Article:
Southerners know it all too well, the lush green vine that coils, winds, and climbs over everything in its path from trees to houses--Kudzu. Traced back to Asia as its point of origin, it was introduced to the United States as an ornamental bush and an effortless shade producer at the Philadelphia Continental Exposition in 1876.
In the 1930s and 1940s, the vine was rebranded as a way for farmers to stop soil erosion. These days, it is seen by some as an invasive parasite which can take over an acre in a New York minute, but, oh my, it can be so beautiful.
It’s all over everything here in historic Vicksburg, covering old homes making them hardly recognizable behind the thick green carpet that literally weaves itself up walls, across windows, and over the tallest of rooftops. Apparently it’s a largely Southern phenomenon with other regions not so well acquainted.
Recently while taking in the vast beauty of the mountains on a train ride in Colorado and New Mexico, the tour guide was drawn to our accents and the way we added syllables to every word, slowing them down to a crawl. He remarked that one thing we would not find in the Colorado terrain was Kudzu. A transplant from Georgia, he was well aware of our verdant neighbor.
Most folks have a love-hate relationship with Kudzu, often trending more toward hate, passersby crossing over bridges marveling at the landscape of green on either side of dark creeks, or on long drives along the Natchez Trace, curious onlookers studying what is hiding underneath the vines.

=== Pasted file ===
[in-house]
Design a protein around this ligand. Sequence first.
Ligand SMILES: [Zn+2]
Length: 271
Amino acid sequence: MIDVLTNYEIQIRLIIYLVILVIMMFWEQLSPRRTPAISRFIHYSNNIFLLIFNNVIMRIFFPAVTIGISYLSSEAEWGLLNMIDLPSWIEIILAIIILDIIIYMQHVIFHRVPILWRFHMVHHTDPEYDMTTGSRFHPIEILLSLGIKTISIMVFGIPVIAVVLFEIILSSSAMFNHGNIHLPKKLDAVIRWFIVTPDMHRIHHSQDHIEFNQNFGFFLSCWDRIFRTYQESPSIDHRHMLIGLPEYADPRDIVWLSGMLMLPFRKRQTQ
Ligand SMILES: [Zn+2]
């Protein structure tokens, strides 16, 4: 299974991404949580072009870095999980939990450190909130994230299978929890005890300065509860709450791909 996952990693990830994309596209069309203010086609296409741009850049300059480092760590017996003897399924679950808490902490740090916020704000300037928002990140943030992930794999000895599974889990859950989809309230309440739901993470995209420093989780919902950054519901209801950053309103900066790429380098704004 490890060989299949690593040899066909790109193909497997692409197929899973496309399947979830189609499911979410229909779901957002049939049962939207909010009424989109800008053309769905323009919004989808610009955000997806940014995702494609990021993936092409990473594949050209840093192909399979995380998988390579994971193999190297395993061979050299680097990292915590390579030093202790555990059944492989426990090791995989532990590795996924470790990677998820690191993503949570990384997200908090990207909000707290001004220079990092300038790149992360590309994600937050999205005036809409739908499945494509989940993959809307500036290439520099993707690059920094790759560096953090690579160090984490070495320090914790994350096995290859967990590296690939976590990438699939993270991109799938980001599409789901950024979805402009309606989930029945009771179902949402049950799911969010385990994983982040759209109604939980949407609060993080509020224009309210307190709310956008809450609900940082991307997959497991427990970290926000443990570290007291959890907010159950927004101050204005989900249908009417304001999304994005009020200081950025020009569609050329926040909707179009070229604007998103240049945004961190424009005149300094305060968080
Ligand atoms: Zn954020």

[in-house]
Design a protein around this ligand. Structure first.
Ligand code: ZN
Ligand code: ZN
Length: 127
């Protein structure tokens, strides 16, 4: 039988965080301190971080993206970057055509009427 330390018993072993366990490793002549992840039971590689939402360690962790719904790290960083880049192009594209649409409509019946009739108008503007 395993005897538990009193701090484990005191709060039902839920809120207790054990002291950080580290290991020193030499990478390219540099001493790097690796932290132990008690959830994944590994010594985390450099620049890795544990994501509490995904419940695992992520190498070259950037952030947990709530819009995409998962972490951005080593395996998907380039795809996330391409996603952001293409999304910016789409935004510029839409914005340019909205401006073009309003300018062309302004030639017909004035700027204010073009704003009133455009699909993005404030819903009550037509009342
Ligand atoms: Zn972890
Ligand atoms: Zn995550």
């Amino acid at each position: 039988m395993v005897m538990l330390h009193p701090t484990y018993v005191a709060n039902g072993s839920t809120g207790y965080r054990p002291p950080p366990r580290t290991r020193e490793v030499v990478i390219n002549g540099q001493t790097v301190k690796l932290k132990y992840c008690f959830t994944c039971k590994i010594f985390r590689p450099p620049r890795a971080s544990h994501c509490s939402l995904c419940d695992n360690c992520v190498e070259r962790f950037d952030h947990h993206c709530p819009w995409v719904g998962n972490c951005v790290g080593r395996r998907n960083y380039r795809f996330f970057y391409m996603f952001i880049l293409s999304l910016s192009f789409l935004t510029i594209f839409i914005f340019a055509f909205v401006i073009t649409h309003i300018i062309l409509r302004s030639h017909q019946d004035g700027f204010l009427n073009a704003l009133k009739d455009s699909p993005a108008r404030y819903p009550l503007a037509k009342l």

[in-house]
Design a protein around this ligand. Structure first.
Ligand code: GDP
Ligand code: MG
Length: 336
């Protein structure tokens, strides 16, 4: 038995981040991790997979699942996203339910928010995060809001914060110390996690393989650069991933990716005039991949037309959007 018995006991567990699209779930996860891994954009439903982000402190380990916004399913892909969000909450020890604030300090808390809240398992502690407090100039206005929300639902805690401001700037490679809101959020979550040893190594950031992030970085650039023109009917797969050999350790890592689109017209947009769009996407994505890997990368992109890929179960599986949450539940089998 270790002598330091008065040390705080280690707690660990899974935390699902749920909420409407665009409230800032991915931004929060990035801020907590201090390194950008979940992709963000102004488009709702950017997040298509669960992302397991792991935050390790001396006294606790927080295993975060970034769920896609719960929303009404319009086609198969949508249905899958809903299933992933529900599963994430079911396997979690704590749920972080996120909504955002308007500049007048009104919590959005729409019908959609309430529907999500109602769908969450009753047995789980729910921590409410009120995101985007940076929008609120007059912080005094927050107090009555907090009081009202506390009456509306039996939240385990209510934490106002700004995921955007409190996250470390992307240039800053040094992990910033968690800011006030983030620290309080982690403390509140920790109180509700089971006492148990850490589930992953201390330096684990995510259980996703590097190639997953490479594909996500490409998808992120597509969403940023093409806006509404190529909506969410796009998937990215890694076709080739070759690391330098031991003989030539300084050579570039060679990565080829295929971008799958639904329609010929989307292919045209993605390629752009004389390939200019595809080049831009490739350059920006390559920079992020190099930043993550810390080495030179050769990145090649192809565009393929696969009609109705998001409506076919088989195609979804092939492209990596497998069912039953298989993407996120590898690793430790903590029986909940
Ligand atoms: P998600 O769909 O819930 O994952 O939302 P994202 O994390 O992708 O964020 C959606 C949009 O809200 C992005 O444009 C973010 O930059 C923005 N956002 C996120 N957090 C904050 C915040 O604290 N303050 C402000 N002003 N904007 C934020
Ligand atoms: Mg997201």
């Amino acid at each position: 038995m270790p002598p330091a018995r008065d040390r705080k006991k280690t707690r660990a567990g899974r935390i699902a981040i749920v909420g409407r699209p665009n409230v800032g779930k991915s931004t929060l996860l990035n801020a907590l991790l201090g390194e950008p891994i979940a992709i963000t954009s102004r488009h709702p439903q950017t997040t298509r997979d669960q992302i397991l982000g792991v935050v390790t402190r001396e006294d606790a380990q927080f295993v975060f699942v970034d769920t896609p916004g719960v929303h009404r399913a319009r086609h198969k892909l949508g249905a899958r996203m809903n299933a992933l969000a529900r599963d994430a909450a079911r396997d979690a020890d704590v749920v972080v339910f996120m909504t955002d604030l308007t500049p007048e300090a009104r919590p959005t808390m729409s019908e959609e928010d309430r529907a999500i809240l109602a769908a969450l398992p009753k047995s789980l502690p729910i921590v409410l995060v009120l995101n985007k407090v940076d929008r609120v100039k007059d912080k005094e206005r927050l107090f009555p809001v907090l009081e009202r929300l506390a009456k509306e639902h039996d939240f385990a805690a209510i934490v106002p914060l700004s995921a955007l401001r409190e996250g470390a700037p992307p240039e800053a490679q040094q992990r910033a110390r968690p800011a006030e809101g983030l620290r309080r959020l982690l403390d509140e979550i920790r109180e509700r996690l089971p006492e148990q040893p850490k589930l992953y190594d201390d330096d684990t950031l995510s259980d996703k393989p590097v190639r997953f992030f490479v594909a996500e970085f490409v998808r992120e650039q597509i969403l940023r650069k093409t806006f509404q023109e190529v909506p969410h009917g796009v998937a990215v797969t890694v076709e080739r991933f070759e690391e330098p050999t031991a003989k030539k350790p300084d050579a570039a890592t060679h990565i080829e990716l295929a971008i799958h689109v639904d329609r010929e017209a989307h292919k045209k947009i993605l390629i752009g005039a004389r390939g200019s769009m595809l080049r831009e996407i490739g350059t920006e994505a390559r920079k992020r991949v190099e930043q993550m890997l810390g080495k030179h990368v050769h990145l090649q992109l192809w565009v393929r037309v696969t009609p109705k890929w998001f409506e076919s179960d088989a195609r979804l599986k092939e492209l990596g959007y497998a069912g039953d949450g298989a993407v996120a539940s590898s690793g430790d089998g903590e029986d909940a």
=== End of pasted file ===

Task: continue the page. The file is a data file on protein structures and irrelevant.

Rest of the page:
My mama did not want it in or near her garden, and her yellow squash and cucumbers had to be protected vigilantly. It reminded her of that distant relative who comes over for a cup of coffee and leaves several weeks later. Mama didn’t much care for those cousins either, but her Southern hospitality usually won out.
I have seen it stretch from giant oaks to the tallest pines and over old barns, forgotten junk cars, and even pond dams. It grows with reckless abandon, quickly consuming all within its path. I suppose it would wrap itself around the shoes of a person who stood still a moment too long, traveling up the body and all the way around the head. Maybe not.
Whether you consider Kudzu a pesky uninvited rival or a welcomed friend to be admired from a distance, one thing is for sure. It ain’t going away. Persistence is usually viewed as a good quality, while aggravation is not. Yet really they can be more or less the same. Does this hearty vine persist or nag, I wonder.
I am pretty sure there is a metaphor for life in here somewhere.
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